Mary smiled uneasily. "Of course." She laughed weakly when Xerxes looked down at her. Her hands clasped together tightly before her as she walked into the buzzing restaurant, to a particular table in the back where most of the people she had invited sat. Conversation hushed at the sight of Xerxes and I, the noises of glass and silverware dying down. Long, awkward stares and furrowed eyebrows ensued as Xerxes greeted them.
"Have a seat." Mary whispered to me as Xerxes went around the table, introducing himself to the humans. But that wasn't needed; I knew that everyone knew who Xerxes is. Names were exchanged during the process and I was becoming anxious at the thought of having to remember all of their names.
One of Mary's children, a young man who I had seen the day I had first visited her, watched Xerxes carefully as he sat beside me. However, the look wasn't one of malice or anger, just curiosity. The man's eyes met mine and they widened when he noticed that I had caught him staring before darting away to the bowl in front of him.
"More people are coming." Mary said to me. "They will be in a shock when they realize who is here."
Even though those words were intended for my ears only, Xerxes had heard them. His head lifted when she scurried away, going to the door.
Anthony, another one of Mary's son smiled when I made eye-contact with him. "I heard about the accident you had with the vehicles. Glad to see you're okay."
I returned a smile. "Thanks." Heads turned as a couple walked in with a young child and this time, I was expecting the confused stares at Xerxes, coupled with fear.
The girl, who looked to be around three or four hurried to a chair next to him before her parents could say anything, managing to climb on. I could tell the mother was struggling to keep quiet and pull her child away and with an uneasy smile at Xerxes and I, sat as well with her boyfriend or husband.
As more and more people arrived, I became comfortable and accustomed to the blatant stares. Xerxes didn't seemed affected by them either and I guessed it was because he was used to it.
A meal was served, vegtable and beef stew, and coversation picked up quickly. No one spoke to us for a long while and I, at first didn't mind. The taste of the food was the only thing I focused on really. But then, as time progressed, I did begin to feel awkward and I looked across the table to Mary, who was engaged in a conversation about the different types of entrées she would be making at the restaurant once it became open to the public.
It was only when conversation between the guys and a few women about an upcoming football match developed that Xerxes decided to partake in the conversation. I could see their apprehension when he spoke, but that quickly became replaced with interest as they drawled on about which team should win. I faintly remembered Xerxes watching some match whilst I had been at my old home, but had no idea he was so into that sport.
"Rebecca?" Mary tapped my shoulder half-of-an-hour later. "Would you like to help me put these away?" She gestured to the empty bowls and I nodded, rising to my feet, glad to be doing something other than listening to debates on football teams. I carried some of the heavy bowls in my arms, hurriedly following Mary into the large kitchen in the back.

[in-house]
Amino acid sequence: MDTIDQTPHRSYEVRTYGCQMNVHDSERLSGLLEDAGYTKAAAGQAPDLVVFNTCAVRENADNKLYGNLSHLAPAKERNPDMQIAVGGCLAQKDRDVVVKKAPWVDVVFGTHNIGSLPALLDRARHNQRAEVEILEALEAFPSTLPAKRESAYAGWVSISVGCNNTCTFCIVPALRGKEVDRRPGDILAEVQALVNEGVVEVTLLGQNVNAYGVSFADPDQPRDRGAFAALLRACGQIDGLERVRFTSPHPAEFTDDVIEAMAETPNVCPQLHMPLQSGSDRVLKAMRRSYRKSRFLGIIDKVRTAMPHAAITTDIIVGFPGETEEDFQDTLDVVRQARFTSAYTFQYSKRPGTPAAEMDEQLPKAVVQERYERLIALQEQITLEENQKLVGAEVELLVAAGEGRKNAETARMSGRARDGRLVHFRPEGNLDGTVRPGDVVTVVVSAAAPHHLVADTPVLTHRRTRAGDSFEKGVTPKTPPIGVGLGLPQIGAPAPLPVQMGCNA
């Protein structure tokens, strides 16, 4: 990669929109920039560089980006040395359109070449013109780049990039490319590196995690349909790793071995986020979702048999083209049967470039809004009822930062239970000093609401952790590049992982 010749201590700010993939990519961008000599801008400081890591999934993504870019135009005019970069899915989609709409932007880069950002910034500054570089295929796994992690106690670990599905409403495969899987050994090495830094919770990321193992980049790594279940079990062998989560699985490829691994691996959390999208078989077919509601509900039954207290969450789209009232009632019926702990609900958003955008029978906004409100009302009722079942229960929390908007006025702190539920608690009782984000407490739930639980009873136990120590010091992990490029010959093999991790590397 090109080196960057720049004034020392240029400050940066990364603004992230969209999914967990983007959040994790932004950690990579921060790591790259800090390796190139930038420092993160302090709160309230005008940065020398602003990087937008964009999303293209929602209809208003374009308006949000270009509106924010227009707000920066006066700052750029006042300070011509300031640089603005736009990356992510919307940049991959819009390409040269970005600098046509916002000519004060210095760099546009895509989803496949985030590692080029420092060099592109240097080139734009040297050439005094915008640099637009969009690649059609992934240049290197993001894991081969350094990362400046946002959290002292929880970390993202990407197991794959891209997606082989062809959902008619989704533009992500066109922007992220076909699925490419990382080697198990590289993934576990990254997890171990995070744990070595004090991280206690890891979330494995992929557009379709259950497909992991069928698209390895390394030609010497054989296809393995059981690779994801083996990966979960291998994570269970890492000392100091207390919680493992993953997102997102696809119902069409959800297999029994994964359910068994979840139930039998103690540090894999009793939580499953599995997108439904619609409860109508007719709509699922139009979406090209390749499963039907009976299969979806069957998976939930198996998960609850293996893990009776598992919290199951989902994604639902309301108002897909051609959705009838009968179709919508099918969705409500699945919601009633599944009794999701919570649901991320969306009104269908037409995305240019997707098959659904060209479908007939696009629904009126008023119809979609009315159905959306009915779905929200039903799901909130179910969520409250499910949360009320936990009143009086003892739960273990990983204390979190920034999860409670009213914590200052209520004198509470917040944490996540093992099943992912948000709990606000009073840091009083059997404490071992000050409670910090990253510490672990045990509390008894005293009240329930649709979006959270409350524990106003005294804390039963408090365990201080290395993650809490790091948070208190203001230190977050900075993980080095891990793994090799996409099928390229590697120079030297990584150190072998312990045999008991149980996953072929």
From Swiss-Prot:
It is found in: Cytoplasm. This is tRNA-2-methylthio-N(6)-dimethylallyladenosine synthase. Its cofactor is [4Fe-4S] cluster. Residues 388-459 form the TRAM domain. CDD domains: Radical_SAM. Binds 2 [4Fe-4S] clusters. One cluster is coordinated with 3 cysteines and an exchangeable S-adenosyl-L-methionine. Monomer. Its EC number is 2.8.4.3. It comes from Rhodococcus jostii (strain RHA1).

"Just rest them there." Mary gestured to the sink, which I gently placed the bowls into. Lifting a sponge, despite her protests, I began to scrub the bowls clean. Mary washed them after I did this, by the sink beside mine and cleaned them with a towel afterwards.
"So what did you think of the food?" Mary asked mid-way throughout her cleaning.
"It was delicious." I told her, my mouth watering at the memory of the taste. "I've never eaten stew that tasted so good."
Mary smiled widely. "Thank you." She said, laughing softly. "My mother taught me how to do it. And before that, her mother taught her. There is a secret ingredient that I use to enhance the flavor." She paused when I looked up at her. "I can't tell you that, though. It's only for the family to know."
I chuckled. "I see."
Mary cleaned the last bowl and put it away. "I saw that Xerxes liked it too." She said after a moment of silence, watching as I washed my hands clean of the suds and cleaned my fingers with the soft napkin Mary handed over.
"He seems to be getting along well with the others." Mary continued speaking. She looked over me, visibly hesitating to speak but did anyway. "I was a bit nervous when I first saw him...and I was worried about the other's reactions to him. It took a while, but it seems like they've warmed up to him."
She looked pointedly towards the kitchen door as laughter roared from behind it. I nodded in agreement, my eyes flickering to the door as well. And as we stepped out the kitchen, a sense of hope flared in me upon seeing the joyful, relaxed persons at the table. For many months I've read from newspapers and magazines about how it would be near impossible for humans and werewolves to get along, to live with peace.
And although I knew this was quite not true, because I firsthand had seen a couple werewolves converse easily to humans with no animosity, I too began to think so as well because of all of the recent events that had been occuring.
There obviously is some sort of tension remaining between some humans and some werewolves, but some chose to understand that not all werewolves are wicked, whilst others hold onto that hostility towards the other race.
And as I watched my fellow humans sitting around the table, actively engaging with The Alpha, I had an inkling that the pre-judgements that they held towards Xerxes, had been shifted, atleast to a small degree.